South African diocesan synod affirms GAFCON’s Jerusalem Declaration

Any nominee for bishop of the Diocese of Port Elizabeth must affirm the 2008 statement from the GAFCON Conference in Jerusalem

The Synod of the Diocese of Port Elizabeth held last week was by all accounts an exciting and fruitful event. One of the main issues addressed by the synod was how the local church could help in the fight against poverty, unemployment and the scourge of racism. It was clear that the church has a unique and valuable role to play in the changing of mindsets and attitudes and in the facilitation of programmes which educate people and bring reconciliation and healing of relationships.

Among the motions passed unanimously was a proposal that any future nominee for Diocesan bishop must affirm the Jerusalem Declaration. The proposer reminded the synod of the current crisis in the Anglican Communion where the old centres of power and control are denying the fundamentals of the faith. In the wider Anglican Communion there are situations where some bishops are openly contradicting the clear teaching of Jesus and the New Testament on issues such as marriage and sexual relationships while other bishops in the same Province or even diocese are holding to the truth. Sadly, this is the situation in which we find ourselves as attested by the last Provincial synod of the Anglican Church of Southern Africa where the church was split on these issues. 

As such it is at the very least confusing to church members to have two contradictory doctrines espoused and at worst, sinful behaviour not only is tolerated but blessed.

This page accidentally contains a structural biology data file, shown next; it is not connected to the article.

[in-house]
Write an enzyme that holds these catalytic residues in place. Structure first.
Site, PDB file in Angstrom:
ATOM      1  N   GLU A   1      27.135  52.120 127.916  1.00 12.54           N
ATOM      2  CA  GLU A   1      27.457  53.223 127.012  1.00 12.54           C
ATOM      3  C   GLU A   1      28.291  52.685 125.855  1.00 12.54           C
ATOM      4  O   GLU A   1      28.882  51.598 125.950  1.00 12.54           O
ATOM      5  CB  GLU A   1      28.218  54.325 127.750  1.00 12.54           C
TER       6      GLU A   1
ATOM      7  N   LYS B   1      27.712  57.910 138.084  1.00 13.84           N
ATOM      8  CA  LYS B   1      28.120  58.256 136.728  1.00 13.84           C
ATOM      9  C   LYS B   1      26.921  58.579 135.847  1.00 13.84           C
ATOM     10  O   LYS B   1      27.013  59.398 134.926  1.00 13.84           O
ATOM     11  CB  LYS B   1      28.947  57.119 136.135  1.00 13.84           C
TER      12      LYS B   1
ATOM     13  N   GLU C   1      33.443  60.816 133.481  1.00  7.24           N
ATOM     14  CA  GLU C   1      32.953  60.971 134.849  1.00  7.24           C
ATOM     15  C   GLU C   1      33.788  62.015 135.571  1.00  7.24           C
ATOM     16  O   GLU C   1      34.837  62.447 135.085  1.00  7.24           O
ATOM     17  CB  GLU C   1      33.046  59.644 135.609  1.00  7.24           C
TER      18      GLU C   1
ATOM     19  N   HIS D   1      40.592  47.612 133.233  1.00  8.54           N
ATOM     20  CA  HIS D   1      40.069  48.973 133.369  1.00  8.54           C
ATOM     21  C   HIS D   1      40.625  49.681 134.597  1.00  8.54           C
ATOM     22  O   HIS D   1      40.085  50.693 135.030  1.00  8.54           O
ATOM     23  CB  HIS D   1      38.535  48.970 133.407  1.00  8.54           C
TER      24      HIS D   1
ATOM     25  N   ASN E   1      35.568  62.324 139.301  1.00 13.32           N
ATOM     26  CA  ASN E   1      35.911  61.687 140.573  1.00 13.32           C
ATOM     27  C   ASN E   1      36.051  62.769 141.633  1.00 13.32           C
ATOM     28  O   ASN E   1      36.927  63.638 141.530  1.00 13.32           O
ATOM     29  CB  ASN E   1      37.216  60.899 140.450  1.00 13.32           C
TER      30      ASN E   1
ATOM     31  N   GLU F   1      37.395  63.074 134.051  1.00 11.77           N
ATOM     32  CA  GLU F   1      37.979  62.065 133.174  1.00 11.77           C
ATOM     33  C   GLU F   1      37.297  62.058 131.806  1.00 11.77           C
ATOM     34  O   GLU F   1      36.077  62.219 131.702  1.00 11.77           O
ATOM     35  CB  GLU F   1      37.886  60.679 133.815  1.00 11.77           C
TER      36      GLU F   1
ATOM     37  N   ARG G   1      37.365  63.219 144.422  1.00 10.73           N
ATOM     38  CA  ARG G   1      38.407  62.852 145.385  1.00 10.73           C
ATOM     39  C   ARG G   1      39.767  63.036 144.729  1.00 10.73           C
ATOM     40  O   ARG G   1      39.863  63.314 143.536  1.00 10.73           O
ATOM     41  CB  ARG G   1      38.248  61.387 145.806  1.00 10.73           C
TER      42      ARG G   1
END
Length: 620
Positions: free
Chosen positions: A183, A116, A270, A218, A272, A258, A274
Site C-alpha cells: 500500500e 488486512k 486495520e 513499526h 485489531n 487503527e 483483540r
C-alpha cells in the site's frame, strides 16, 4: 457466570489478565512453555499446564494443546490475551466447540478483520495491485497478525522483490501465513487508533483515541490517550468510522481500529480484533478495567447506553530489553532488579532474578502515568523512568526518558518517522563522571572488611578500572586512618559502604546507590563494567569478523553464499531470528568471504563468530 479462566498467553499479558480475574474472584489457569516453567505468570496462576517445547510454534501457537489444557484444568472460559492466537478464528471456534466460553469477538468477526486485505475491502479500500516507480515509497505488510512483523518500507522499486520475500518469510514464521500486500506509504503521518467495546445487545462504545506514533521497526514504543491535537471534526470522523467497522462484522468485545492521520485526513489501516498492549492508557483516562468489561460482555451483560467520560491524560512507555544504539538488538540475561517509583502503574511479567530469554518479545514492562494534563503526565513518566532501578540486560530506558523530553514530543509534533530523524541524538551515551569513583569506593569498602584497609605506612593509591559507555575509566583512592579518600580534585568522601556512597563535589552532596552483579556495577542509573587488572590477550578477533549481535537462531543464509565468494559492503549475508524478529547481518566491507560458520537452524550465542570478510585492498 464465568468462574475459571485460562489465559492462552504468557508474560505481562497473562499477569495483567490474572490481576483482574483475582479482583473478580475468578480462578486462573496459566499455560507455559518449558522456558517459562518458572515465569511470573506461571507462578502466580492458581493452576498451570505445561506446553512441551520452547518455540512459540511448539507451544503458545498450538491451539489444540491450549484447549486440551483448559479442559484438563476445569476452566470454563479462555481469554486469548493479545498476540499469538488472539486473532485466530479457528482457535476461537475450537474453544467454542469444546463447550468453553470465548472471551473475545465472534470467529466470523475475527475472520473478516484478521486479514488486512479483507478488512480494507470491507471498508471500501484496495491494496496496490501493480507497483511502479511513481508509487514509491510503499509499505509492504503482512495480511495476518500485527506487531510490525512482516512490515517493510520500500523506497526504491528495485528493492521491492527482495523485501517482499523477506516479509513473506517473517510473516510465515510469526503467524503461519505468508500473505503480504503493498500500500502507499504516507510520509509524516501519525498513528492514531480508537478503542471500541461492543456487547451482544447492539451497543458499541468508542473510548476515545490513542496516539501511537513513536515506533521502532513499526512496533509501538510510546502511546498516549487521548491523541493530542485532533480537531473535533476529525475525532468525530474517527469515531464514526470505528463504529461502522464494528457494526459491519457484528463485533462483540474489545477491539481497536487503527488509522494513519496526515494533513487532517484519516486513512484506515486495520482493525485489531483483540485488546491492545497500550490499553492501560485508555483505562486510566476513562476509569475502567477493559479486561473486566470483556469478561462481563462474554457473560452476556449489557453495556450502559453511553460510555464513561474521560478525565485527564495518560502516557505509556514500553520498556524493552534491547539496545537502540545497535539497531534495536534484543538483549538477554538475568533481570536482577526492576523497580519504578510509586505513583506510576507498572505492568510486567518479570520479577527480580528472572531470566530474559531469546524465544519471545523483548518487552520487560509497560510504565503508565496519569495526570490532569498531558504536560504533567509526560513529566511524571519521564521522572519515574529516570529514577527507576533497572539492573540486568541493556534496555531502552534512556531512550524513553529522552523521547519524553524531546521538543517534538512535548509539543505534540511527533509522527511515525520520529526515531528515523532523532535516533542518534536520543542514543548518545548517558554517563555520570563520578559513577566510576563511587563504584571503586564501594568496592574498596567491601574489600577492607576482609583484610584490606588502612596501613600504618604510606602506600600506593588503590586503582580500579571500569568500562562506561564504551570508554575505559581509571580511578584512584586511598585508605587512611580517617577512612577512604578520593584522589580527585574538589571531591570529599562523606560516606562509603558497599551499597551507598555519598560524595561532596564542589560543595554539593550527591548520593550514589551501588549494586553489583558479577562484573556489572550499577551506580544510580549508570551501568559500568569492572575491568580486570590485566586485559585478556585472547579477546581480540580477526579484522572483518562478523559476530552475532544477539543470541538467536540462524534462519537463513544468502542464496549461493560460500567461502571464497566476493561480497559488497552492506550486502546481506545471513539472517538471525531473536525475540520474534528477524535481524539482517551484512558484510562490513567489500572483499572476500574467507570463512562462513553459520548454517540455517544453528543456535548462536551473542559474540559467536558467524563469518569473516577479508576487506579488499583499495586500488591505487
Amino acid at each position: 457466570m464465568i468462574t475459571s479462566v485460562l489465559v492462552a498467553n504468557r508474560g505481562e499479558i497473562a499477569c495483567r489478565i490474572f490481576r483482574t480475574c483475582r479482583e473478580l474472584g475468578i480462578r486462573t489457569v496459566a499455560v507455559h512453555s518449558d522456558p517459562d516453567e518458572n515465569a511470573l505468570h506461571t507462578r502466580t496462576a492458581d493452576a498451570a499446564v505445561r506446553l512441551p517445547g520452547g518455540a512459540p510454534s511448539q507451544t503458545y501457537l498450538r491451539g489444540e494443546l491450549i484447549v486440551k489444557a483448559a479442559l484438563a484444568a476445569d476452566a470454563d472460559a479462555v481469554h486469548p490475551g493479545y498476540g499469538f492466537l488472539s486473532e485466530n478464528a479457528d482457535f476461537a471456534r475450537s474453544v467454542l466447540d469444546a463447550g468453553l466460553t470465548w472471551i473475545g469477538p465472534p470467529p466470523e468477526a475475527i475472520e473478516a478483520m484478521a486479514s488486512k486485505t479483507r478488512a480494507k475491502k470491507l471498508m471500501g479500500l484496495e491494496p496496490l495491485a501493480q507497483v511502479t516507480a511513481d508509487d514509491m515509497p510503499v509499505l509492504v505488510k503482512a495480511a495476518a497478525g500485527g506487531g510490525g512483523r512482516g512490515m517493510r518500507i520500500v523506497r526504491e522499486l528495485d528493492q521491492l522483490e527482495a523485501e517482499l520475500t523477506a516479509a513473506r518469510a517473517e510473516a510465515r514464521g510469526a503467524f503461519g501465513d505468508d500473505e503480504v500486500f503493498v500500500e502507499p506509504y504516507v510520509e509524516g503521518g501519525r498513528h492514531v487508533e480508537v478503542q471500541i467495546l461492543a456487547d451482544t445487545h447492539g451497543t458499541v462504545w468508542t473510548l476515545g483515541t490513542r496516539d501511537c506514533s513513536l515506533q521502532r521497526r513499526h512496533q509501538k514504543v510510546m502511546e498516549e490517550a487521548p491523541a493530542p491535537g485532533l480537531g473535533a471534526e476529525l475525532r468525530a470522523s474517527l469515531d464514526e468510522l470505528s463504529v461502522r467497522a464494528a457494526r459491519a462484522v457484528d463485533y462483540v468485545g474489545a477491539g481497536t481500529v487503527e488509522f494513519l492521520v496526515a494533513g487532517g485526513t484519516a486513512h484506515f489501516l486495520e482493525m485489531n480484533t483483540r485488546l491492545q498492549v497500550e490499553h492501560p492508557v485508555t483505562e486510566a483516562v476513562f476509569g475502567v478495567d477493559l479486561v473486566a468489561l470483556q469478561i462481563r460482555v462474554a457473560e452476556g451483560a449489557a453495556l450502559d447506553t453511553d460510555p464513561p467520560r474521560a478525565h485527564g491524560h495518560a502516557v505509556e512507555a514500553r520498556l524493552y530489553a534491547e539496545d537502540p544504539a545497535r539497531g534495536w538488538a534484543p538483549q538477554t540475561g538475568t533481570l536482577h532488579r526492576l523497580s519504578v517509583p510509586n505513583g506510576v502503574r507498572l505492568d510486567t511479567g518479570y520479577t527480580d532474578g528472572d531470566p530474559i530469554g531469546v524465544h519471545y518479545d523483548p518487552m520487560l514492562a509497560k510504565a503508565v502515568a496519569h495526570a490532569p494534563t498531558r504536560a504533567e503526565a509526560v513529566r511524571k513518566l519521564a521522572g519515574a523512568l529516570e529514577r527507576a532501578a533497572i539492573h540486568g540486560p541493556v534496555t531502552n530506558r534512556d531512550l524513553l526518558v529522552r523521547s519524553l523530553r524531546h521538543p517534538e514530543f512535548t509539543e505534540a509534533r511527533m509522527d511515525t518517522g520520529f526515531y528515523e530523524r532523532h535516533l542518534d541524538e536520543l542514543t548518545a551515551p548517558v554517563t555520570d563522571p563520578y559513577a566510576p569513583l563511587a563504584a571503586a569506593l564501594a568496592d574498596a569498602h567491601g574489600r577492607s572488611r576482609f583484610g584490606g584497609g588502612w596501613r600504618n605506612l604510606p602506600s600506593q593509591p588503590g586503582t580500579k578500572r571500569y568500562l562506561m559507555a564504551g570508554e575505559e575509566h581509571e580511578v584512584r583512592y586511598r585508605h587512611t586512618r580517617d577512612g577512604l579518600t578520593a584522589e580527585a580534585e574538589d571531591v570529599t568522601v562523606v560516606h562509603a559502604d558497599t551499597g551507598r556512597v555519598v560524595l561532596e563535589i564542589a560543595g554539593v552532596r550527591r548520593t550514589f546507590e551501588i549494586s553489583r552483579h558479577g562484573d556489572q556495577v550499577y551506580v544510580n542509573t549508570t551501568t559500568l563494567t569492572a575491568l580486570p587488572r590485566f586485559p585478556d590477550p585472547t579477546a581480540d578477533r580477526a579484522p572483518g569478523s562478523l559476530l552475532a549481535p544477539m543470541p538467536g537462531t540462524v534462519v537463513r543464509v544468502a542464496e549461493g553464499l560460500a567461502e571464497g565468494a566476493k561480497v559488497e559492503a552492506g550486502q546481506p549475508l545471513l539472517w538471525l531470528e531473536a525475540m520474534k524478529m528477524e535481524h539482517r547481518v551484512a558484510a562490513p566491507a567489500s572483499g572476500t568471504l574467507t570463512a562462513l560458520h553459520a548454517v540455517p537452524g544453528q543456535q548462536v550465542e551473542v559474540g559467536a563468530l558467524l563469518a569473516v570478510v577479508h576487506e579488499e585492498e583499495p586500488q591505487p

The synod was also reminded that we were celebrating the 500thanniversary of the Reformation which began when Martin Luther, moved by the corruption present in the Roman Catholic Church nailed his 95 theses to the door of Wittenberg Cathedral. Several Church of England Cathedrals were the target this week of a similar campaign to highlight the continuing corruption of the faith within the church by its leaders. 

By their ordination and consecration, Bishops are sworn to teach the truth and to banish error. Our diocesan Bishop Bethlehem, who announced his retirement at synod, stressed the importance of making sure that the diocese elects a future shepherd that will uphold biblical truth and not fall prey to human reason when it conflicts with the clear teaching of scripture. 

This requirement sets a precedent by which any Diocese which is part of a Province in danger of drifting into revisionism, can ensure that they receive biblically orthodox oversight and thus some measure of protection.

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